A federal appeals court has overruled the severe sentence handed down to a Jan. 6 prisoner who pleaded guilty to a low-level offense related to the Capitol Hill protests.
The Washington D.C. court ordered a new sentence for a North Carolina man who pleaded guilty to a petty offense during the events on January 6, 2021.
The ruling could impact dozens of low-level cases in the massive Jan. 6 prosecution.
The D.C. appeals court said James Little was wrongly sentenced for his conviction on a misdemeanor offense.
He was sentenced to both prison time and probation, which is court-ordered monitoring of defendants who are not behind bars.
Little entered the Capitol but didn’t join in any destruction or violence.
He pleaded guilty in 2021 to a charge that carries up to six months behind bars.
He was sentenced last year to 60 days in prison followed by three years of probation.
But the 2-1 opinion from the U.S. Court of Appeals for the D.C. Circuit said that probation and imprisonment “may not be imposed as a single sentence” for a petty offense.
“There are separate options on the menu,” the court noted.
Judge Robert Wilkins, who was appointed by former President Barack Obama, dissented.
The decision could invalidate the sentences of dozens of Jan. 6 defendants who received what is known as a “split sentence” for a petty offense.
According to an Associated Press analysis, more than 80 other Jan. 6 defendants have been sentenced to both prison time and probation for the same misdemeanor offense as Little.
The practical effect, however, may be limited as almost all of them have likely already served their prison terms long ago.
Little’s attorney had asked the appeals court to simply order an end to his probation monitoring since he already served his 60 days behind bars.
Democrat President Joe Biden’s Justice Department could appeal the decision, however.
A spokesperson for the U.S. attorney’s office in Washington said: “We are reviewing the Court’s ruling and will determine our next steps in accordance with the law.”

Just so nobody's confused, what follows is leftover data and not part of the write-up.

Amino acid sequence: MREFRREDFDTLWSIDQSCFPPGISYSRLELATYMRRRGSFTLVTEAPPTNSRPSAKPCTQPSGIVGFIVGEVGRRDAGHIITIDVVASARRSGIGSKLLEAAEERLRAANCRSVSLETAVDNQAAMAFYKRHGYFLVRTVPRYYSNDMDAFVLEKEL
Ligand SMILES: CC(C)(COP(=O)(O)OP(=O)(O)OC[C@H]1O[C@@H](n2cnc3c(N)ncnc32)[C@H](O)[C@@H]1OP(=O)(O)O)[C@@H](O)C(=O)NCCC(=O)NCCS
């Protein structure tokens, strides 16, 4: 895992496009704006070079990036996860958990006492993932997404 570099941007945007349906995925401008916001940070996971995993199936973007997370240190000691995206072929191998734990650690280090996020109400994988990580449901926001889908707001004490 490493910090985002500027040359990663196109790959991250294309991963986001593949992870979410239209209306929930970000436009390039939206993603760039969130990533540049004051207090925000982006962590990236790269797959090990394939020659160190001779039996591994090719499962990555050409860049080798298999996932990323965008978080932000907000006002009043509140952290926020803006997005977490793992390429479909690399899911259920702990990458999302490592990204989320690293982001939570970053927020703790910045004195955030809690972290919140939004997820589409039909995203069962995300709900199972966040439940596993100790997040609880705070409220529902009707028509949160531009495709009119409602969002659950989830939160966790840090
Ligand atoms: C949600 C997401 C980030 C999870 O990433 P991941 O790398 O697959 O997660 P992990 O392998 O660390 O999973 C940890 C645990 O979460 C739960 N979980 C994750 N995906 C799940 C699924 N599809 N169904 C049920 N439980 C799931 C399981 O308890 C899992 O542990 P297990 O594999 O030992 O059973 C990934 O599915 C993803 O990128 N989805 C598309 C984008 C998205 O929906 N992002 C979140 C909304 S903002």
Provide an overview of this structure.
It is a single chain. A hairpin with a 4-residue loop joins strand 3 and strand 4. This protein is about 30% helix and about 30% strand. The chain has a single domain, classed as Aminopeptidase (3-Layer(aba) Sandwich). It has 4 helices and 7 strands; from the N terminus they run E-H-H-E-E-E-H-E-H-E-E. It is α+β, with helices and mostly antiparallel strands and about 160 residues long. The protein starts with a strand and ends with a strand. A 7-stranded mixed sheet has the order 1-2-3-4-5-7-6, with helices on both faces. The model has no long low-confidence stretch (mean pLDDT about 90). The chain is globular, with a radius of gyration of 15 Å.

Some judges who have imposed such sentences in misdemeanor cases have stressed the need to keep tabs on Jan. 6 defendants after they serve their time to prevent them from engaging in such conduct during the next election.
While on probation, defendants have to check in with a probation officer and follow certain conditions.
“The Court must not only punish Little for his conduct but also ensure that he will not engage in similar conduct again during the next election,” the judge who sentenced Little, U.S. District Judge Royce Lamberth, wrote in a ruling last year.
“Some terms of imprisonment may serve sentencing’s retributive goals,” he wrote.
“But only a longer-term period of probation is adequate to ensure that Little will not become an active participant in another riot.”
On Jan. 6, 2021, Little went to President Donald Trump’s speech ahead and then walked to the Capitol.
He fist-bumped other protesters and calmly went into the Senate Gallery, according to court records.
After leaving the Capitol, he and others prayed on the Capitol steps and sang “We’re Not Gonna Take It,” by Twisted Sister, according to court documents.
More than 1,000 people have been charged with federal crimes related to the Jan. 6 protest.
More than 600 of them have pleaded guilty or been convicted after trials decided by a jury or judge.
About 600 have been sentenced, with over half getting terms of imprisonment ranging from three days to 18 years.